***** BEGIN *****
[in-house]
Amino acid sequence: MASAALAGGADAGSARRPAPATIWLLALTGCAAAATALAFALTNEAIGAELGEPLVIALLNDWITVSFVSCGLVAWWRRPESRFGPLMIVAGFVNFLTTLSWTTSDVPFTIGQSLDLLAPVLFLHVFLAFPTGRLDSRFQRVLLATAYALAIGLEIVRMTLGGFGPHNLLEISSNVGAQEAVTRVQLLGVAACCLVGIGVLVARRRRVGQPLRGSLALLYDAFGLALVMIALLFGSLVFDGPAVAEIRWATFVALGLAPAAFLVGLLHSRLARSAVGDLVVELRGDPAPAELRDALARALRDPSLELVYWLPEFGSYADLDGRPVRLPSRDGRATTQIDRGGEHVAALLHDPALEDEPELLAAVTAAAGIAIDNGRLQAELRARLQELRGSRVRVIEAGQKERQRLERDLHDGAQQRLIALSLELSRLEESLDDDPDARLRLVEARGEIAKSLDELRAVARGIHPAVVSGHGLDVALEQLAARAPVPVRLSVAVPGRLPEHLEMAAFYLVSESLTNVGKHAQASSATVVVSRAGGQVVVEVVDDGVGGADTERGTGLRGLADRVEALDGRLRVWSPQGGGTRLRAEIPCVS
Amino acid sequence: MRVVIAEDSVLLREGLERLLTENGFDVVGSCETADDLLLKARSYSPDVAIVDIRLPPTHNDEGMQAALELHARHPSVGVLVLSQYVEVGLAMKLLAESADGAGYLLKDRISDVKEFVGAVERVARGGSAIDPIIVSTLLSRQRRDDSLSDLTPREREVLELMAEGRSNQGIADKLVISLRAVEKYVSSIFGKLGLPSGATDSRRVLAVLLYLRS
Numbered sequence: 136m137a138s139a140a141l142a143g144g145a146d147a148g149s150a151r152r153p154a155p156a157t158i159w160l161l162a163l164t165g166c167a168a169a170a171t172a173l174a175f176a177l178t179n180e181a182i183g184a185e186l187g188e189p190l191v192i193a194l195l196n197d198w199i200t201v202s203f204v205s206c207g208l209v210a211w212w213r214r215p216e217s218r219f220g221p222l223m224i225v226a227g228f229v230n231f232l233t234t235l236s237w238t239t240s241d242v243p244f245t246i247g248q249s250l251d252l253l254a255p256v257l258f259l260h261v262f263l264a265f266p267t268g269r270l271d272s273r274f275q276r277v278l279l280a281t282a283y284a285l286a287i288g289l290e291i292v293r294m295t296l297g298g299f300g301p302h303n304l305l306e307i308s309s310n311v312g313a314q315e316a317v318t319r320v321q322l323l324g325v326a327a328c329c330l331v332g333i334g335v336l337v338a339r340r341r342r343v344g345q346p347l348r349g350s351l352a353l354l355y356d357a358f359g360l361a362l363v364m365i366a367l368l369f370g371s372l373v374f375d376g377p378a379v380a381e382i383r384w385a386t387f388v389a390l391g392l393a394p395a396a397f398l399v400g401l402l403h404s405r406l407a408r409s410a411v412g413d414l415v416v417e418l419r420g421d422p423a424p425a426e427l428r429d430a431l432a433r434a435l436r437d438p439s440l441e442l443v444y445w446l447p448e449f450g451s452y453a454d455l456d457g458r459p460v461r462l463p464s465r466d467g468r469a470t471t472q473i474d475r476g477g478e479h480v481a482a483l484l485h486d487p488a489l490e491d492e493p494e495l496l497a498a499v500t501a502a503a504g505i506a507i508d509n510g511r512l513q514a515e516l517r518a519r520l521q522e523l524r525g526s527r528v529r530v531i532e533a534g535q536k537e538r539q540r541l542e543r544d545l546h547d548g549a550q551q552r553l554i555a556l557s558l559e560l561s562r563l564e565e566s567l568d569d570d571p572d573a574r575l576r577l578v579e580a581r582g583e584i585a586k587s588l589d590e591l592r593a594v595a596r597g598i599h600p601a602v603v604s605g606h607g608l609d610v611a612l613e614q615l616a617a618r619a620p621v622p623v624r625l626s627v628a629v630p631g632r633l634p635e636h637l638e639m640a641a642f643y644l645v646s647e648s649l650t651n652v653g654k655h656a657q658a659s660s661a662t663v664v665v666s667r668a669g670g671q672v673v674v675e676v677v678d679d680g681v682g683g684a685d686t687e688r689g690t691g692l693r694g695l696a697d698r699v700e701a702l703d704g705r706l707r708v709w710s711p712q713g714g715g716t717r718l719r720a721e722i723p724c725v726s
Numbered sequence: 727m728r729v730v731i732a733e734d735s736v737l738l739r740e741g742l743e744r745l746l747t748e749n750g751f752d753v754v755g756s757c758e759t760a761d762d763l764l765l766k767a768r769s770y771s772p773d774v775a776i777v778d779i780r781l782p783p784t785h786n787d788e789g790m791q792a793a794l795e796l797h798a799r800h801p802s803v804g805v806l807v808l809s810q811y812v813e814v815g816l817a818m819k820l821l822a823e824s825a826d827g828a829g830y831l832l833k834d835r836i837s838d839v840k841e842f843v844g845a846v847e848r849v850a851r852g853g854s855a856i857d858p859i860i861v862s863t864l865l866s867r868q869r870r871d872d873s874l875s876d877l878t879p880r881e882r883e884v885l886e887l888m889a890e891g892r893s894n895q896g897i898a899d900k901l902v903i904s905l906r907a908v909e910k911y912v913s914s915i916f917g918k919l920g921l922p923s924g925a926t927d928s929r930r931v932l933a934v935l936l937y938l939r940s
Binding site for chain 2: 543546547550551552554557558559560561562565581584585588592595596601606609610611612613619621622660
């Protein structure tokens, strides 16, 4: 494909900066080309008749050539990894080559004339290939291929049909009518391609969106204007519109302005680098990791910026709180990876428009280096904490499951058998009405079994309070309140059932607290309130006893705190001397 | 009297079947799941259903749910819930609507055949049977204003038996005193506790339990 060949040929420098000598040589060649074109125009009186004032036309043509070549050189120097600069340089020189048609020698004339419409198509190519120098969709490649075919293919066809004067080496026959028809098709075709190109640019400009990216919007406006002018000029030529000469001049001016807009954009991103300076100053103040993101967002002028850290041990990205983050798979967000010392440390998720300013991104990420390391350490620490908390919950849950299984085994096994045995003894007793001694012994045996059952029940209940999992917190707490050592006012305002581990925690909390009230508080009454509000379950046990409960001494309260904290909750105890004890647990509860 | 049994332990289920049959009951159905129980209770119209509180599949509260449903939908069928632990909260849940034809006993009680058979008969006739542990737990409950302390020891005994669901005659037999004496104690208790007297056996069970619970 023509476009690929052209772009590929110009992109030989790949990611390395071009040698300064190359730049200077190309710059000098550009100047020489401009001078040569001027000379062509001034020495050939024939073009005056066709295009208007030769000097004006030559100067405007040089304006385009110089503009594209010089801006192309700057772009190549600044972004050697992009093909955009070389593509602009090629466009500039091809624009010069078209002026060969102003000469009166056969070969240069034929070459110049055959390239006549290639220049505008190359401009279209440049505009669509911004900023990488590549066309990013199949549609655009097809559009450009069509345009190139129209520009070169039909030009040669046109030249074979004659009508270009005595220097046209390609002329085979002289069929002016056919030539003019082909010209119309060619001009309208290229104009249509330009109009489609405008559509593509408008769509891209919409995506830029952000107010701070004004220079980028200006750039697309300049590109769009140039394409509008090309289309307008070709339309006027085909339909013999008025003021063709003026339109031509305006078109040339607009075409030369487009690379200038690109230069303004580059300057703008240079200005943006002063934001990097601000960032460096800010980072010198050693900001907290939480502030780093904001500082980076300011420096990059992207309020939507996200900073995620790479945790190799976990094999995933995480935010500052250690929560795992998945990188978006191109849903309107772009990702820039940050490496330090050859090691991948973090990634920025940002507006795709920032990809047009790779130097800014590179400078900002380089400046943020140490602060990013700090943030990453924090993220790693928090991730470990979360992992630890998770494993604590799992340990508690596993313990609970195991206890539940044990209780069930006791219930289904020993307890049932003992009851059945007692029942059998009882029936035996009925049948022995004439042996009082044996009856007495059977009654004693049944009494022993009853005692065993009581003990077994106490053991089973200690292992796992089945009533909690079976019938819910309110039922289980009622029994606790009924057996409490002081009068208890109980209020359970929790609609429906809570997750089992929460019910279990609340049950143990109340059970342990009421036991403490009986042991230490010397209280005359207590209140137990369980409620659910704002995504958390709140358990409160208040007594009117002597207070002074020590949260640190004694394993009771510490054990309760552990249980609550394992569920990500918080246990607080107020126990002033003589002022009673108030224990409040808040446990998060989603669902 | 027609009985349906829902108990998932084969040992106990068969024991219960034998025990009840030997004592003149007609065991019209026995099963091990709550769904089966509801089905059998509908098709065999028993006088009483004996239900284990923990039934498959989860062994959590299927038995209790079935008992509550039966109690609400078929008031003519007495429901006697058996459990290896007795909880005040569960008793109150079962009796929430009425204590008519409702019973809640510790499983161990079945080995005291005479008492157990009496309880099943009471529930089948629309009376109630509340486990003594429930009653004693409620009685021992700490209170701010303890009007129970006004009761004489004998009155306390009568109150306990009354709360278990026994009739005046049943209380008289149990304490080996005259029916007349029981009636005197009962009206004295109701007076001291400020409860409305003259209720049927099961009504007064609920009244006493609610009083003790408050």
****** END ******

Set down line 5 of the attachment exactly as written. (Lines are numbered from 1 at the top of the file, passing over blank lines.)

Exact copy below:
Numbered sequence: 727m728r729v730v731i732a733e734d735s736v737l738l739r740e741g742l743e744r745l746l747t748e749n750g751f752d753v754v755g756s757c758e759t760a761d762d763l764l765l766k767a768r769s770y771s772p773d774v775a776i777v778d779i780r781l782p783p784t785h786n787d788e789g790m791q792a793a794l795e796l797h798a799r800h801p802s803v804g805v806l807v808l809s810q811y812v813e814v815g816l817a818m819k820l821l822a823e824s825a826d827g828a829g830y831l832l833k834d835r836i837s838d839v840k841e842f843v844g845a846v847e848r849v850a851r852g853g854s855a856i857d858p859i860i861v862s863t864l865l866s867r868q869r870r871d872d873s874l875s876d877l878t879p880r881e882r883e884v885l886e887l888m889a890e891g892r893s894n895q896g897i898a899d900k901l902v903i904s905l906r907a908v909e910k911y912v913s914s915i916f917g918k919l920g921l922p923s924g925a926t927d928s929r930r931v932l933a934v935l936l937y938l939r940s